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Open your ears

By Donald Attwood



PHOTO COURTESY SHUTTERSTOCK

Catbirds are wonderful singers, more often heard than seen. Mostly a uniform grey, they have a dark streak on the crown and a rufous (reddish-brown) patch under the tail.


In daycare long ago, our daughter was urged to open her ears, to listen. She learned how, and I’m trying to learn the same. It helps keep the peace at home and also helps while birding.

When I started going on group field trips, I misunderstood what the guides were doing. They led us around, and I supposed that we would stop wherever birds were be seen. When we did stop, I’d be looking around, trying in vain to see whatever birds had been spotted. It was months before I began to perceive the guides’ method, which often begins with listening.


Last year I started learning which songs were sung by which birds. You have to hear them, locate them with the eyes, and then remember the connection between sight and sound. (That third step gives me the most trouble.) Now I can recognize, for example, the voice of the ubiquitous Song sparrow. And the varied songs of cardinals and robins have come back from childhood. When I don’t see these birds, I enjoy their presence by hearing their voices.

This spring, when the trees were leafing out, I passed a personal milestone. I was walking the main trail in the Clarke Sydenham Nature Reserve, in Hudson, along fields bordered by dense trees and shrubs. At first I thought I’d heard a robin, but the bird in question was singing an extended aria. (Robins normally sing in short phrases.) As I listened, the singer began introducing melodic variations accompanied by a flurry of squeaks, trills, and whistles. (Robins don’t seem to extemporize.)


I realized I was hearing a Grey catbird doing one of his extended improvisations. In eastern North America, the other bird that sings like this is the Northern mockingbird, which is in the same family as the catbird. But mockingbirds live farther south and seldom visit Quebec. Both species mimic a wide array of sounds, while the catbird’s signature call is its meow.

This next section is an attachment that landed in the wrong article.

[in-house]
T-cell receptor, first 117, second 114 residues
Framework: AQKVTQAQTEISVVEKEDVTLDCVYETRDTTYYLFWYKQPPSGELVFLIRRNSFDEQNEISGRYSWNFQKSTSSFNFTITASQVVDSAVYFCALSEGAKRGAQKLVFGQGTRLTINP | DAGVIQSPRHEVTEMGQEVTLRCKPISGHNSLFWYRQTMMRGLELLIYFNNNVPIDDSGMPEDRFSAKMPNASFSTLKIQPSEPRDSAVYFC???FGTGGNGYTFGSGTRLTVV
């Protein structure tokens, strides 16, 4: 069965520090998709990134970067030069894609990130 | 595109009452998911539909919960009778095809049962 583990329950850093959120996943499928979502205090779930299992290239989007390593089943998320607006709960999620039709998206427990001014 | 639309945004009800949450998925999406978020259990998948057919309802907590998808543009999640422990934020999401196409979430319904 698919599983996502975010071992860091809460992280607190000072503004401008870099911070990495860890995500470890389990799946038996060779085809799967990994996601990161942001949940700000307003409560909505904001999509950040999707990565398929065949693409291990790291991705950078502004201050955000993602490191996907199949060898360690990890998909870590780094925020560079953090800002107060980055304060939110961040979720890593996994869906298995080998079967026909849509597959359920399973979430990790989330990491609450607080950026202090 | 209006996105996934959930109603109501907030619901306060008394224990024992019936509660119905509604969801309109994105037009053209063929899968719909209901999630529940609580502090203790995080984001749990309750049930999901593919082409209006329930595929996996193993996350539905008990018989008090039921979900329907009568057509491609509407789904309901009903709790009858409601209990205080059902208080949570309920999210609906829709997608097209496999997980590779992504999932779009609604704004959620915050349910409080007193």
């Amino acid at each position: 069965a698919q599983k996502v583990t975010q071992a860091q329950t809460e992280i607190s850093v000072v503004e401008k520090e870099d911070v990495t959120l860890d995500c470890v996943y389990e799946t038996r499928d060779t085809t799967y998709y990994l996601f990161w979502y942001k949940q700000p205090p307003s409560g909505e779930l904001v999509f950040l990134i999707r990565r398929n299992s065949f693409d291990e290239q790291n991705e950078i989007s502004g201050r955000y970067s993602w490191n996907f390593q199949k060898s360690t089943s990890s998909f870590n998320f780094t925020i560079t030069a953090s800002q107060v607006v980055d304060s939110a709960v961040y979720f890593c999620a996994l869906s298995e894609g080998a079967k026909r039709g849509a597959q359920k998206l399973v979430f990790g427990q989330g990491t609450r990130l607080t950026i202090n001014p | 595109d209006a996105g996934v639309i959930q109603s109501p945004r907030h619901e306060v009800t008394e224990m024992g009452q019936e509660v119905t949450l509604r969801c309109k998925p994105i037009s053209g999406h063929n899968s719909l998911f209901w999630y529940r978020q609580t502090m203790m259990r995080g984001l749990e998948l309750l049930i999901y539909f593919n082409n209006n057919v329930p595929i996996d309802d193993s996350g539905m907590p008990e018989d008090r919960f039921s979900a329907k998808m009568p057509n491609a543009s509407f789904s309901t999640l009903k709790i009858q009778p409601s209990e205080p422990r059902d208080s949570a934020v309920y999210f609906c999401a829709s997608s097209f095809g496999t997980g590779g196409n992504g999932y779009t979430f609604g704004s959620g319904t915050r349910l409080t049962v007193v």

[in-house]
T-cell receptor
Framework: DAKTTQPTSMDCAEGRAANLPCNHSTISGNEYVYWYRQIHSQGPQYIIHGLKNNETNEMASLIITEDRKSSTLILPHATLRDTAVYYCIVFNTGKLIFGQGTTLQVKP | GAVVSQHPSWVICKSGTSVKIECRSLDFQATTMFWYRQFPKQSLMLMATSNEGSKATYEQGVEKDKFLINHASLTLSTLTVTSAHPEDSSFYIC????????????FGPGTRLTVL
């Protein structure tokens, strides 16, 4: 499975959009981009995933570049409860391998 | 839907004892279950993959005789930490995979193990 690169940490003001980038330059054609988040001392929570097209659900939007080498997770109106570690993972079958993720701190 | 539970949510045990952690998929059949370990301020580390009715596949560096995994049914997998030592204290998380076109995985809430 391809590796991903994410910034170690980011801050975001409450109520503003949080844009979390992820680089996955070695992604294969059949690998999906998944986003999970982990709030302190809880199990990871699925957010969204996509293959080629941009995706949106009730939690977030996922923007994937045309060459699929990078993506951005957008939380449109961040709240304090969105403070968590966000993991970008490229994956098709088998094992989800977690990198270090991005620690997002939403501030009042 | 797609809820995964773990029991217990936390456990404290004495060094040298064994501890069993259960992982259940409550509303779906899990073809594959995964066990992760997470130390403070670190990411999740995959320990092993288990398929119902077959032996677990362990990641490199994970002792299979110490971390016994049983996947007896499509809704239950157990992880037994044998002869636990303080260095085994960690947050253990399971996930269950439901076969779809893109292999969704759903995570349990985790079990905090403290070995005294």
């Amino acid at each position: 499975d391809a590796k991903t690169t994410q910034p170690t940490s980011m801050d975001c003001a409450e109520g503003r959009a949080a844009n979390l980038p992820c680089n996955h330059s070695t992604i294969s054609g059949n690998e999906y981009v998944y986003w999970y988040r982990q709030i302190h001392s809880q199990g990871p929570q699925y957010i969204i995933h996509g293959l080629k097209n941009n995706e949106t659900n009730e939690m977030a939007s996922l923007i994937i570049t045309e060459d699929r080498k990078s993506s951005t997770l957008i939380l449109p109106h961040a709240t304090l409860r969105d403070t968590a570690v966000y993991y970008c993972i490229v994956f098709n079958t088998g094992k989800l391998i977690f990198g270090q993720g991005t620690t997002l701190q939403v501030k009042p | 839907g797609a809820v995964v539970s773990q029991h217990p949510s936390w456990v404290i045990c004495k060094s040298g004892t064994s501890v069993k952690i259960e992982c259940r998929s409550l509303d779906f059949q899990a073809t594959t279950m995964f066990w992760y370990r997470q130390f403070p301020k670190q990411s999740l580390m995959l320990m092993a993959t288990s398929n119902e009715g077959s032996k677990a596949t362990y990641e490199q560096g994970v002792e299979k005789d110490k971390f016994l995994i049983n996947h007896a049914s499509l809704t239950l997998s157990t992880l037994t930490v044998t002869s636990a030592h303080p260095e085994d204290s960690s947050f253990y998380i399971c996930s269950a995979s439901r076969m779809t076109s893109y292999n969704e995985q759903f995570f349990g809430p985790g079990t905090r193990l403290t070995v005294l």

That was in late April, and this one had arrived about two weeks early. I was peering into dense thickets, trying see him and confirm who he was. Catbirds are not always wary of people, but they’re grey and like to hang out in heavy foliage. I followed as this bird moved along the hedgerow and never caught a glimpse. I knew his movements only because he sometimes stopped singing and then resumed from a nearby thicket. The chase went on for more than 20 minutes, allowing me to hear six fine arias. Eventually he flew to an open branch, but the light was poor, and I couldn’t swear that his grey silhouette was not some other bird.

Despite this lack, I opted to list him on the eBird app, which keeps track of all my birding expeditions. This app offers a list of species seen in this area at the same time of year, but the catbird was not listed up front. (Normally this is a great advantage; eBird hides the flamingoes and other species seen only in other regions.) The catbird was found on a hidden list, but then eBird wanted me to explain why I thought I was seeing this bird so early in its spring migration.


I’d argued with eBird before over matters like this. Last spring, I thought I saw a Veery at an early date, but the administrators on eBird told me I hadn’t. The Veerys were a long way off, returning from their winter home in South America; it had to be a Hermit thrush. I yielded on that point, but with the catbird, I had no such intention. I wished, however, that I’d had a clearer view to back up my description of its song. (In fact, with unusual sightings, eBird likes to have a photograph or sound recording to confirm the ID, but I was not equipped to provide such evidence.)

To my astonishment, eBird accepted my sighting of the too-early catbird. It even labelled this a ‘confirmed’ sighting, suggesting, perhaps, that someone else had made an early report from our area. It was a great feeling, to identify a relatively unfamiliar species (new to me these last couple of years) by ear alone, and to have that confirmed.

Where I grew up, level train crossings were sometimes marked with a simple wooden ‘X’ on a pole. The limbs of the X were lettered as follows: Stop. Look. Listen.

This is still good advice.